LAW TIMES 16 COVERING ONTARIO'S LEGAL SCENE | MARCH 4, 2019 www.lawtimesnews.com SITE LAUNCHED FOR SOP SUPPORTERS Toronto lawyer Corey Shefman has launched a website listing bencher candidates who pub- licly support the Law Society of Ontario's statement of principles requirement. Shefman, an associate at Olthuis Kleer Townshend LLP in Toronto, created the site statementofprinciples.ca amid controversy over the law society's rule that lawyers must complete a statement related to promoting diversity in the profession. Shefman says he created the website to make it easier for vot- ers to find information ahead of the April 30 election for the Law Society of Ontario's next board. The launch of Shefman's site comes after other candidates in the election said they were planning to run as part of a slate of people who want to see the requirement nixed. To be part of Shefman's site, candidates must publicly support the law society's Equality, Diversity and Inclusion program, as well as the LSO Statement of Principles. They also must be against re-opening the debate on the SOP, says Shefman. The website listed 32 candidates who supported the statement of principles, as of Feb. 28. "My fear was we'd have this organized group . . . getting out the vote and really organizing the opposition, while the rest of us sort of sat on our hands," says Shefman. TRIBUNAL DENIES BID TO SUSPEND LAWYER The hearing division of the Law Society Tribunal did not grant the Law Society of Ontario's request to temporarily suspend the licence of a lawyer accused of making, distributing, possessing and accessing child pornography. According to the Jan. 31 decision, Law Society of Ontario v. Rooney, 2019 ONLSTH 19, the licensee, Brandon Keven Rooney, may continue to work in accordance to his "very restrictive" bail con- ditions. The decision, written by tribunal members Janis Criger, Eva Krangle and Frederika Rotter, says Rooney's charges arose from chat messages, supplemented by pictures, rather than the "acts referred to during the chats." Rooney, a tax, wills and estates lawyer called to the bar in 2015, who is no longer employed, has restricted internet use under his bail conditions. ZORDEL TAPPED FOR OSC Gardiner Roberts LLP partner Heather Zordel has been ap- pointed to Ontario Securities Commission, CEO Maureen Jen- sen announced on Feb. 27. Zordel, who is also a bencher at the Law Society of Ontario, will serve a two-year term, Jensen said in the announcement. LAW TIMES POLL Some bencher candidates say they would scrutinize the Law Society of Ontario's $2,201 annual fee for lawyers if they are elected. Law Times asked readers if the fee is too high. A majority of respondents, 74 per cent, said the fee is too high for lawyers such as sole prac- titioners and recent law school graduates. A minority, 26 per cent of respondents, said the fee is reasonable when weighed against the total income of most lawyers. LT The Inside Story BY VIOL A JAMES COW-TIPPING T-SHIRTS NIXED OKLAHOMA CITY – The mayor of Oklahoma City is cel- ebrating the completion of a personal mission: ridding the city's airport of cow-tipping T-shirts, reports AP. Mayor David Holt said on his Twitter account that after months of trying to end sales of shirts reading "Nothing Tips Like A Cow" at Will Rogers World Airport, the clothing has sold out and won't be restocked. Airport spokesman Josh Ryan said the shirts with the shape of the state and a cow lying on its back were "pretty popular" for more than 10 years but that "the joke has run its course." Cow tipping is a largely debunked leg- end in which rural youths sneak into a pasture at night and push over a cow that is standing but asleep. Debunkers point out the practice is unlikely to suc- ceed, largely because cows don't sleep standing up. LEGAL TROUBLE FOR IMPERSONATOR HANOI — An Australian comedian who impersonates North Korean leader Kim Jong Un said on Feb. 25 authorities were deporting him from Viet- nam, some 24 hours before the real Kim was due to arrive for a summit with U.S. President Donald Trump, reports Reuters. The Kim lookalike, who goes by the name Howard X, popped up in Vietnam's capital of Hanoi on Feb. 22 along with his part- ner who impersonates Trump, drawing crowds and media. The two real leaders were due to meet in Hanoi recently for their second nuclear summit. "Satire is a powerful weapon against any dictatorship," the impersonator told reporters be- fore heading to Hanoi's airport to leave the country. The impersonator visited Singapore in June, when Trump and Kim held their first summit, and performed satirical stunts. He said he was brief ly detained by authorities there. He also showed up at the 2018 Winter Olympics in South Ko- rea, where he danced in front of an appalled North Korean cheer squad before security hauled him away. Vietnamese foreign ministry officials were not immediately available for comment. Howard X said earlier authorities had questioned him and warned him not to create any disturbance. Vietnam has tightened secu- rity around the capital ahead of the summit. Howard X said his partner, Trump impersonator Russell White, was allowed to stay on in Vietnam, but he was not allowed to do make any more public ap- pearances. TAX RECORDS DON'T LIE MADRID — Colombian singer Shakira has been called to ap- pear in a Spanish court on June 12 to face accusations of failing to pay 14.5 million euros ($21.7 million) in tax, the court in the Catalonia region said on Feb. 26, reports Reuters. A court statement dated Jan. 22 summoning her was published on Feb. 26. Prosecu- tors filed charges in December claiming Shakira had failed to pay tax on income earned be- tween 2012 and 2014, during which time they say she lived in the region. Shakira's representatives said in a statement after the accusa- tion was filed that the singer did not live in Spain until 2015 and had met all of her tax obliga- tions. The singer of "Hips Don't Lie" and "Clandestino" regu- larly attends soccer matches of her partner, Gerard Piqué, who plays for Barcelona. Piqué and Shakira, a couple since the start of the decade, have two children. Spanish authorities have pur- sued other major celebrities over tax. Piqué's Argentinian Barce- lona teammate Lionel Messi was found guilty, along with his father, of a 4.1-million-euro tax fraud in 2016 and was fined 250,000 euros as well as paying back the missing tax plus inter- est. On Jan. 22, Portuguese in- ternational Cristiano Ronaldo, who left Real Madrid for Juven- tus this year, was fined a total of almost 19 million euros for tax fraud. THE SCIENCE OF STRIPES WASHINGTON — Scientists are providing new evidence to answer the long-standing ques- tion about why zebras have stripes. It appears stripes make terrible landing strips, bamboo- zling the fierce blood-sucking f lies that try to feast on zebras and carry deadly diseases, re- ports Reuters. Researchers described exper- iments demonstrating that horse f lies have a difficult time landing on zebras while easily landing on uniformly coloured horses. In one experiment, the researchers put cloth coats bearing striped patterns on horses and observed that fewer f lies landed on them than when the same horses wore single-colour coats. "We showed that horse f lies approach zebras and uniformly coloured horses at similar rates but that they fail to land on ze- bras — or striped horse coats — because they fail to decelerate properly and so f ly past them or literally bump into them and bounce off," said behavioural ecologist Tim Caro of the Uni- versity of California-Davis, lead author of the research published in the journal PLOS ONE. Close cousins to horses and donkeys, the world's three zebra species, known for their black- and-white striped bodies, roam Africa's savannas eating a vari- ety of grasses. Their stripe pat- terns vary among individuals, with no two alike. There had been four main hypotheses about the advan- tages zebras accrued by evolv- ing stripes: camouf lage to avoid large predators; a social func- tion like individual recognition; thermoregulation, with stripes setting up convection currents along the animal's back; and thwarting biting f ly attacks. "Only the last stands up to scrutiny," Caro said. "Most bi- ologists involved with research on mammal coloration accept that this is the reason that zebras have stripes." African horse f lies carry dis- eases such as trypanosomiasis and African horse sickness that cause wasting and can be fatal. The researchers videoed horse f lies as they tried to prey on captive zebras and domestic horses at a livery in North Som- erset, England. LT Corey Shefman launched a website for bencher election candidates to voice their support for the statement of principles, after continued controversy over the requirement. Bizarre Briefs CREDIT: JAMES WESTON/SHUTTERSTOCK 5)&6-5*."5&4063$&For Today's Legal Profession 4VCTDSJCFUPEBZ Canlawyer.lawtimes@tr.com | 416.609.3800 | 1.800.387.51640OMJOF bitly.com/CanLawyer-Subscription 0/&:&"346#4$3*15*0/*/$-6%&4 ǎ JTTVFT print and digital editions ǎ '3&&FYDMVTJWFBDDFTT to $BOBEJBO-BXZFS digital edition archives ǎ '3&&XFFLMZFOFXTMFUUFS $BOBEJBO-FHBM/FXTXJSF THE TOP MOST INFLUENTIAL $ 1 1 . 9 5 A u g u s t 2 0 1 8 MAKING AN IMPACT MEET THE CANADIAN LAWYERS AND JUDGES WHO ARE SPECIAL SECTION: CANADIAN LAWYER 4STUDENTS P.51 CHANGEMAKERS HUMAN RIGHTS, ADVOCACY AND CRIMINAL CORPORATE COMMERCIAL YOUNG INFLUENCERS GOVERNMENT/ NON-PROFITS/ ASSOCIATIONS M PM AGREEMENT # 40766500 Untitled-17 1 2019-02-27 9:18 AM 74 % YES, I AGREE 26 % NO, I DO NOT AGREE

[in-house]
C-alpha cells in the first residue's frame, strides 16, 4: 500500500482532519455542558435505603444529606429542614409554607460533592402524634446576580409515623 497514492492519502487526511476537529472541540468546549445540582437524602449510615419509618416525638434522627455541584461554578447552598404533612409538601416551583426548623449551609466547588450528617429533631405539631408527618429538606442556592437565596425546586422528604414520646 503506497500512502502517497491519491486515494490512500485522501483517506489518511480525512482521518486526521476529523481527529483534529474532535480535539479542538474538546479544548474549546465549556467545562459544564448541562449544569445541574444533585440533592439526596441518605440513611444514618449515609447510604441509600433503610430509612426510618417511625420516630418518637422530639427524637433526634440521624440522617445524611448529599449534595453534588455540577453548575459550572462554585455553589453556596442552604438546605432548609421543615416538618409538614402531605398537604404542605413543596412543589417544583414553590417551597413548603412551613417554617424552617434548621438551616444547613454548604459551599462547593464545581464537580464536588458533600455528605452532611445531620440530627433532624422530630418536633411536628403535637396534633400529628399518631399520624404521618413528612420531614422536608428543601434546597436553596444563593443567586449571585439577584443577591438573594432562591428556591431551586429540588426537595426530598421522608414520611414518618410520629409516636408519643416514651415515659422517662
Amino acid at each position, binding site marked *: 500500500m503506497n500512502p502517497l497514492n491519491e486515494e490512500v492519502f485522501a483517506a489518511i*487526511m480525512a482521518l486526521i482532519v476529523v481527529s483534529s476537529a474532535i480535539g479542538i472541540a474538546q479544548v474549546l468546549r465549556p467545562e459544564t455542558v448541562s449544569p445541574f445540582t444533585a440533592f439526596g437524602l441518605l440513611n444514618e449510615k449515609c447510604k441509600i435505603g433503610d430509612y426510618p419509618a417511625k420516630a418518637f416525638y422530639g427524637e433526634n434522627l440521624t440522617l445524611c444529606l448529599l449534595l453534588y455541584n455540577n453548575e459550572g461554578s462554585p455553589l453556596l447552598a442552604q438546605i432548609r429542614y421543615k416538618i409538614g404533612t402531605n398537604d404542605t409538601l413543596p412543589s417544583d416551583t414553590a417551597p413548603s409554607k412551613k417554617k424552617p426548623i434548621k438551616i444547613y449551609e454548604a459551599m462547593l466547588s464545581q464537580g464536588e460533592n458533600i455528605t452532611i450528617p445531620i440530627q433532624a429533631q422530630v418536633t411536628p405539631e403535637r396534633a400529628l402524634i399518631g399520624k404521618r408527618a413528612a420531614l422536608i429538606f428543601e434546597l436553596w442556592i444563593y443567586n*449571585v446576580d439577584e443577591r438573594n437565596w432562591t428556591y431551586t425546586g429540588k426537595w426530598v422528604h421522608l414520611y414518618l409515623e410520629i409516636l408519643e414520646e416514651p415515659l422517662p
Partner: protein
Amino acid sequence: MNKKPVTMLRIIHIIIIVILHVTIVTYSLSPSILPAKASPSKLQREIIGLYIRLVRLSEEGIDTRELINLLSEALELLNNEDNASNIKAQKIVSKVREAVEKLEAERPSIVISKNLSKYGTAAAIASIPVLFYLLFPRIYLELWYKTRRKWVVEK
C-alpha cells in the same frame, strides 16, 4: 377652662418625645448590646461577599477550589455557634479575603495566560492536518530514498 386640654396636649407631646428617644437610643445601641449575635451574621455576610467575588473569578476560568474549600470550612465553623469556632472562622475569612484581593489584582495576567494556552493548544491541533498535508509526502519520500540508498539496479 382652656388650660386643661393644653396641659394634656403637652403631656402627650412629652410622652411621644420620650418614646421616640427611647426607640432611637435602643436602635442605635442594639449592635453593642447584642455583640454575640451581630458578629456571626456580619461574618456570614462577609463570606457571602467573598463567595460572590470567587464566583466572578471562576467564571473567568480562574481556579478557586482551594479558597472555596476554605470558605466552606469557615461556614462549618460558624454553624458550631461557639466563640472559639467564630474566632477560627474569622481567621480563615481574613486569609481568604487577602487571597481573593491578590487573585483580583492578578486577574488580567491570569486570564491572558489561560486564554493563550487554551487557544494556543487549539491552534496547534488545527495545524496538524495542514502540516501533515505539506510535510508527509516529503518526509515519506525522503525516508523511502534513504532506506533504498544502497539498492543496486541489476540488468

Articles in this issue

Links on this page

Archives of this issue

view archives of Law Times - March 4, 2019